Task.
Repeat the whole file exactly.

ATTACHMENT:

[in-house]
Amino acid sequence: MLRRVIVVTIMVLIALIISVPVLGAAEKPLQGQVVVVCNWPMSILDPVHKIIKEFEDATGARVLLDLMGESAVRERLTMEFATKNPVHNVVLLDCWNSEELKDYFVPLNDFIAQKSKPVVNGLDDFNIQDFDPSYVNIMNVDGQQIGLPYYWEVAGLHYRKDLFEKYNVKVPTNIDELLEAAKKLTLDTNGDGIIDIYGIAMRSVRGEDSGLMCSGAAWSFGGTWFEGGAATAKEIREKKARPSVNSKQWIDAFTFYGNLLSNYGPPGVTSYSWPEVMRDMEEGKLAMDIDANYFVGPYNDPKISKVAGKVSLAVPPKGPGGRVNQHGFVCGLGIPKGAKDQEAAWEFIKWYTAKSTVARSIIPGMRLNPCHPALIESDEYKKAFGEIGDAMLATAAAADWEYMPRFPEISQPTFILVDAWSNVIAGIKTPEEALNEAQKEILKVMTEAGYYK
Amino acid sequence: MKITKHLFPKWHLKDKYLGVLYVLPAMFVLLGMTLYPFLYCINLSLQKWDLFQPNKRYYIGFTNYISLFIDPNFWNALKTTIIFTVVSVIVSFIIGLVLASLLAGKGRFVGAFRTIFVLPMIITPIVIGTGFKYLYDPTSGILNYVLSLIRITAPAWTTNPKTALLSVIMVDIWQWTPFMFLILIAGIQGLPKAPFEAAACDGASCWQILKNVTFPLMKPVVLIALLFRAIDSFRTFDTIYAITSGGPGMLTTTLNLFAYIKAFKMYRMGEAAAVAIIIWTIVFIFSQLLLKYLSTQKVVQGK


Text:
[in-house]
Amino acid sequence: MLRRVIVVTIMVLIALIISVPVLGAAEKPLQGQVVVVCNWPMSILDPVHKIIKEFEDATGARVLLDLMGESAVRERLTMEFATKNPVHNVVLLDCWNSEELKDYFVPLNDFIAQKSKPVVNGLDDFNIQDFDPSYVNIMNVDGQQIGLPYYWEVAGLHYRKDLFEKYNVKVPTNIDELLEAAKKLTLDTNGDGIIDIYGIAMRSVRGEDSGLMCSGAAWSFGGTWFEGGAATAKEIREKKARPSVNSKQWIDAFTFYGNLLSNYGPPGVTSYSWPEVMRDMEEGKLAMDIDANYFVGPYNDPKISKVAGKVSLAVPPKGPGGRVNQHGFVCGLGIPKGAKDQEAAWEFIKWYTAKSTVARSIIPGMRLNPCHPALIESDEYKKAFGEIGDAMLATAAAADWEYMPRFPEISQPTFILVDAWSNVIAGIKTPEEALNEAQKEILKVMTEAGYYK
Amino acid sequence: MKITKHLFPKWHLKDKYLGVLYVLPAMFVLLGMTLYPFLYCINLSLQKWDLFQPNKRYYIGFTNYISLFIDPNFWNALKTTIIFTVVSVIVSFIIGLVLASLLAGKGRFVGAFRTIFVLPMIITPIVIGTGFKYLYDPTSGILNYVLSLIRITAPAWTTNPKTALLSVIMVDIWQWTPFMFLILIAGIQGLPKAPFEAAACDGASCWQILKNVTFPLMKPVVLIALLFRAIDSFRTFDTIYAITSGGPGMLTTTLNLFAYIKAFKMYRMGEAAAVAIIIWTIVFIFSQLLLKYLSTQKVVQGK